Nevertheless, with competitors still unavailable in early 1990, Acorn User deemed to name it as the platform's best desktop publishing package, noting that there was "little available yet for Archimedes DTP, although much is on the way soon". Ultimately, Acorn would promote Impression as part of its Publishing System package. Of the other anticipated competitors, Ovation was released later in 1990, and succeeded by Ovation Pro in 1996, having been previewed in 1995, whereas Tempest was apparently never released, being absent from Clares' software catalogue.
Curiously, Tempest was itself described as being "based on the Acorn DTP package" but aiming to remedy deficiencies and provide enhancements such as multi-column frames, "text flow around regular shapes", and improved text editing support, along with memory management facilities. Developed by a freelance programmer for Clares, a pre-release version was demonstrated in late 1989, apparently requiring only 128 KB of RAM, with work underway to optimise the display routines. A price of £129.95 including VAT was announced. Initially destined for an autumn 1989 release, it was postponed to an unspecified point in time in September 1989 with the specification having changed, but hints of a 1990 release were subsequently made in early 1990. Although a demo disk was apparently available, and the product was widely advertised, the product does not seem to have been completed. Clares later took over development of another Acorn product, the spreadsheet Schema, in 1990.
In the US, Timeworks Inc. marketed the program as Publish-It!. Released in 1987, there were versions available for IBM PC (running over the GEM environment), Apple Macintosh, and Apple II (Enhanced IIe or better) computers.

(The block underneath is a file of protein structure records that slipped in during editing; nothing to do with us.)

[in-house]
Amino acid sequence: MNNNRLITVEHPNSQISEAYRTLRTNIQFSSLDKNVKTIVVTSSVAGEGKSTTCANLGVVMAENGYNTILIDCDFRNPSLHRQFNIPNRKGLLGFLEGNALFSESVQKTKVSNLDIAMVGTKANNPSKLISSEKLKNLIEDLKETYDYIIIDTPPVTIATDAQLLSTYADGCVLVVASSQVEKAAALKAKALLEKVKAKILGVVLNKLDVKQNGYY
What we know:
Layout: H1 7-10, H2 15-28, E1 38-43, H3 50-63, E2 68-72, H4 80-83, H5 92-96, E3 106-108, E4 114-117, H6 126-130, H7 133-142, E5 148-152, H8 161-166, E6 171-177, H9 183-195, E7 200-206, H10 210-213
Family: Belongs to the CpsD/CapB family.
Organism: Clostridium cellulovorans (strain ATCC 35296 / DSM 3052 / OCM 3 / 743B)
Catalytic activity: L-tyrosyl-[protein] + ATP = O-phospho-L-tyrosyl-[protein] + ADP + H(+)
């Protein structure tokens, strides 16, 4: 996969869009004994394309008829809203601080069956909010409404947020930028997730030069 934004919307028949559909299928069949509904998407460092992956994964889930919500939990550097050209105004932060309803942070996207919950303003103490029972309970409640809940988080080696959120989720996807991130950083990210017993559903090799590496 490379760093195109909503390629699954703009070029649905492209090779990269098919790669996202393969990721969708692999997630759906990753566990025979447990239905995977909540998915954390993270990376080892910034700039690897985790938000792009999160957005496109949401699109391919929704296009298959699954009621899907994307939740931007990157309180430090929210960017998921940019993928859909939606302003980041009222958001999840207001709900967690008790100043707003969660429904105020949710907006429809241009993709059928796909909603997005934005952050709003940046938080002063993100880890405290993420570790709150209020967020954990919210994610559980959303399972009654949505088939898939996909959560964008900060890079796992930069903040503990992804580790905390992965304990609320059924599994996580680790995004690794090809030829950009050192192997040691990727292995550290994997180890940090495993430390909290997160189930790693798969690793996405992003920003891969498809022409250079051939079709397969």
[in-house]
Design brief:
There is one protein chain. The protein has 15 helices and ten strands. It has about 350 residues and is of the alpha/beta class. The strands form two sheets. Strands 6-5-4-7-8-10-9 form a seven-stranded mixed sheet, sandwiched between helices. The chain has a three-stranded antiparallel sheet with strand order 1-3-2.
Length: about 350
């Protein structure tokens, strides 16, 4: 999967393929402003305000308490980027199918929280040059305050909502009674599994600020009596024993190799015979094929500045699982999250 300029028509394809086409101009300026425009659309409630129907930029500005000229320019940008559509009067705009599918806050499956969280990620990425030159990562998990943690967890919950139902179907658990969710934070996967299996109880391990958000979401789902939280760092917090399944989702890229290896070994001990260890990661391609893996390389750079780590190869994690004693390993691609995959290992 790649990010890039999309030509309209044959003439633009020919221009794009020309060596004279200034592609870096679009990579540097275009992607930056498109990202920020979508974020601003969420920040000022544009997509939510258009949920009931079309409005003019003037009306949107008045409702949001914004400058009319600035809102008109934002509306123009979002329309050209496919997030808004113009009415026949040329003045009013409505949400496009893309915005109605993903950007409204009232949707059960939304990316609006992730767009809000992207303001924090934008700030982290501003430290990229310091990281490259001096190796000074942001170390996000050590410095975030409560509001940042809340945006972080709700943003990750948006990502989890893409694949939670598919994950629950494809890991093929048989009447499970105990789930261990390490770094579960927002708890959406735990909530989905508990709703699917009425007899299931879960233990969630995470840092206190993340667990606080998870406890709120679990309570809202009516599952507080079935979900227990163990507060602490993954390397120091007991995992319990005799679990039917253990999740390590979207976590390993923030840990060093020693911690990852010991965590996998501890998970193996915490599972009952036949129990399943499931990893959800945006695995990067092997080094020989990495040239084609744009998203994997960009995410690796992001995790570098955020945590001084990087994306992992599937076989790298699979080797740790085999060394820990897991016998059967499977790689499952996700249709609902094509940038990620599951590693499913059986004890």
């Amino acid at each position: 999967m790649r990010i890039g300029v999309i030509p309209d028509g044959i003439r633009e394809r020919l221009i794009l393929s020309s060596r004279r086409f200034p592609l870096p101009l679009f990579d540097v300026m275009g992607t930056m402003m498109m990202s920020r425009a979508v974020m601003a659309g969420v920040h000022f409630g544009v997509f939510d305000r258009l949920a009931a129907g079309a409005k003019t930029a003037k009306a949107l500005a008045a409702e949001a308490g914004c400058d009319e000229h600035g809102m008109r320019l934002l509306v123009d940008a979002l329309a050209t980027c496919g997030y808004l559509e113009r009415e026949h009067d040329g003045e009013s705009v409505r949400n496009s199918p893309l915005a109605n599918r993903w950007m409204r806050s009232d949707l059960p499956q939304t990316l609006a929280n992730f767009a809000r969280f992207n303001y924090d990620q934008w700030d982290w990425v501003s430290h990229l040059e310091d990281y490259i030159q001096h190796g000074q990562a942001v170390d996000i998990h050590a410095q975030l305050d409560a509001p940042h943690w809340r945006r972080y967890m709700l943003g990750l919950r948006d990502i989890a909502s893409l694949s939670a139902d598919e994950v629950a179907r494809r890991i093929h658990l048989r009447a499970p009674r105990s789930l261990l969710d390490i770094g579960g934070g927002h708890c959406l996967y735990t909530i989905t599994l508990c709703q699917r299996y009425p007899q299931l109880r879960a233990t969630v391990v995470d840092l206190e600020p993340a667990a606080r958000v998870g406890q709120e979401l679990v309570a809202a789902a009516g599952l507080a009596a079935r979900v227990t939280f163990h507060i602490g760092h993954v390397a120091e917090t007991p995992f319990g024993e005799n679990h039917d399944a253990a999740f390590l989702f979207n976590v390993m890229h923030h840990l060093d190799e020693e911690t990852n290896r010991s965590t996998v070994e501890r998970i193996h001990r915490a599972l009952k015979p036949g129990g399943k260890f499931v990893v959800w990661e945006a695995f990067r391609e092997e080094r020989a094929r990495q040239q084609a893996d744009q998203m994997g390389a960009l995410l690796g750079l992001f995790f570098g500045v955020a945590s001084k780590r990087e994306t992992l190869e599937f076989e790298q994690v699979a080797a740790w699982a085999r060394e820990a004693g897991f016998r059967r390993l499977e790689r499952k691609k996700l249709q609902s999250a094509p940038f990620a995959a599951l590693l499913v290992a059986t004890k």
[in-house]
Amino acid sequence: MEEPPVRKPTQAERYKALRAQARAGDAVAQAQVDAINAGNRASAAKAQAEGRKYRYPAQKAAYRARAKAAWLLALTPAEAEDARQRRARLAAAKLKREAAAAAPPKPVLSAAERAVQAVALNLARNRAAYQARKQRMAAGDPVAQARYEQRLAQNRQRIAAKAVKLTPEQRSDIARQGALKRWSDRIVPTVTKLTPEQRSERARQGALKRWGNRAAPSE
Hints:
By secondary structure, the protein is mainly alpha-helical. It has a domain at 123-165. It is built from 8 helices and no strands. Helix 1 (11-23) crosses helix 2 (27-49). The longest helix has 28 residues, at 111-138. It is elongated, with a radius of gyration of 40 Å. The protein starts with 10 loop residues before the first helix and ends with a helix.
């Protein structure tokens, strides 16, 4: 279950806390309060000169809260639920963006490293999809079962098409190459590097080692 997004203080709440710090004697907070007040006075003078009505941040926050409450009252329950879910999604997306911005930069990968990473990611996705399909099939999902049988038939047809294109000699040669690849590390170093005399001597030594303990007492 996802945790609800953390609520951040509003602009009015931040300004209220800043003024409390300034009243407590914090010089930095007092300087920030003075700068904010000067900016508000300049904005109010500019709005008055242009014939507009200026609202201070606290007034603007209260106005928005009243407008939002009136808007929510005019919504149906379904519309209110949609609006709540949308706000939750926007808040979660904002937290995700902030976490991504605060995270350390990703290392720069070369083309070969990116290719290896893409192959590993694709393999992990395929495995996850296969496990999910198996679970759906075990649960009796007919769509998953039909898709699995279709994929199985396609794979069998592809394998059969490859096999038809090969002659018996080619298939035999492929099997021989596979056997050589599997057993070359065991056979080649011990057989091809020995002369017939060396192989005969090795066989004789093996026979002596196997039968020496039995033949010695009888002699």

Further versions were named KeyPublisher 1.0 (versions 1.19 and 1.21) and produced by Softkey Software Products Inc. in 1991 for PCs with GEM. Another version, aimed at the business market, was named DESKpress. A later CD-based multilingual version for Windows was named Press International.
The product was also sold under other names including NEBS PageMagic (changed after objections from Adobe), Macmillan Publisher, Canon Publisher, and many other brands, distinguished by use of the .DTP file extension. The latest version was sold as Greenstreet Publisher 4 and is downwards file compatible with earlier versions.
- 1987 - Timeworks Publisher (IBM PC, Atari ST)
- 1987 - Timeworks Publish-It! 1.12 (IBM PC GEM-based) 
- 19?? - Publish-It! 1.19 by GST
- 1987 - Publish-It! (Apple IIe)
- 1988 - Acorn Desktop Publisher
- 1990 - Publish-It! 1.20 (IBM PC)
- 1990 - Publish-It! Easy 2.0 (Macintosh)
- 1991 - KeyPublisher 1 by softkey (IBM PC)
- 1991 - Timeworks Publisher 2 (IBM PC, Atari ST) GEM-based
- 1991 - Timeworks Publish-It! PC 2.00 (IBM PC)
- 1991 - Publish-It! Easy 2.1 (Macintosh)
- 1992 - Publish-It! Easy 2.1.9 (Macintosh)
- 199? - Timeworks Publisher 2.1 (IBM PC - GEM/5-based)
- 1992 - Timeworks Publisher 3 (IBM PC for Windows)
- 1994 - Timeworks Publish-It! 4 (Windows 3.1)